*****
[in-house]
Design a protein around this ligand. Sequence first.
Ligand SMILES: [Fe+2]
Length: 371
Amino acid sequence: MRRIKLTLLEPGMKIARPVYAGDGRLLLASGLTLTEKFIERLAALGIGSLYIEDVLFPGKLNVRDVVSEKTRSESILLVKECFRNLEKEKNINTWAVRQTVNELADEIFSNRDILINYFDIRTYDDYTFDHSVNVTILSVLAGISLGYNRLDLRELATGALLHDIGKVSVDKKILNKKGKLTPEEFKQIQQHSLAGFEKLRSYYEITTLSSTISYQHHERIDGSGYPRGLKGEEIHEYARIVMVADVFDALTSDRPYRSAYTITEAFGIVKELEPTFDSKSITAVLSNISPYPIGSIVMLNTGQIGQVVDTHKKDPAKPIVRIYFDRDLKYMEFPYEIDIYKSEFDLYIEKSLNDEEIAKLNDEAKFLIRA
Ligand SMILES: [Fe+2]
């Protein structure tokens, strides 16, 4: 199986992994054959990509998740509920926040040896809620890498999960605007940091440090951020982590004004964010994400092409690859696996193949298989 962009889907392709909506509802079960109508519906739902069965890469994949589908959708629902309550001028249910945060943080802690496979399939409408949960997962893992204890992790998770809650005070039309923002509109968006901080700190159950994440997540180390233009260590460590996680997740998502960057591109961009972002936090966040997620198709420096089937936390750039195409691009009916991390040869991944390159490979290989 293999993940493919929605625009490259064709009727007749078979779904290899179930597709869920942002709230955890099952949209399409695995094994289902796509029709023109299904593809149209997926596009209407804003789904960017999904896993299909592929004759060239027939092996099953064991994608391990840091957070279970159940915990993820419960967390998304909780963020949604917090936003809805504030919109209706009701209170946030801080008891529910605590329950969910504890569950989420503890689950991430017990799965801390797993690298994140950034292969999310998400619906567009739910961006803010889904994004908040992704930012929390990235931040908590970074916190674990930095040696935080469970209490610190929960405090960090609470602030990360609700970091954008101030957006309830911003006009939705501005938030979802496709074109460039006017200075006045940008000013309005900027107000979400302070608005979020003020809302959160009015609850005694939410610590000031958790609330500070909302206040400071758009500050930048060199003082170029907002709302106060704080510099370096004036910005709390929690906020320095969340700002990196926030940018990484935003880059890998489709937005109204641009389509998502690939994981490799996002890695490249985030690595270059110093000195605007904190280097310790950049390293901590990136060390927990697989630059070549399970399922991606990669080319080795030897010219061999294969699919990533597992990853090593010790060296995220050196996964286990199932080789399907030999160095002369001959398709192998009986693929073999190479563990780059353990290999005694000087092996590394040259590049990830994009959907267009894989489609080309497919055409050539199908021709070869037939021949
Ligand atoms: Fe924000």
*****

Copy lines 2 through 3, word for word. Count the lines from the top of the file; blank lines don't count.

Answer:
Design a protein around this ligand. Sequence first.
Ligand SMILES: [Fe+2]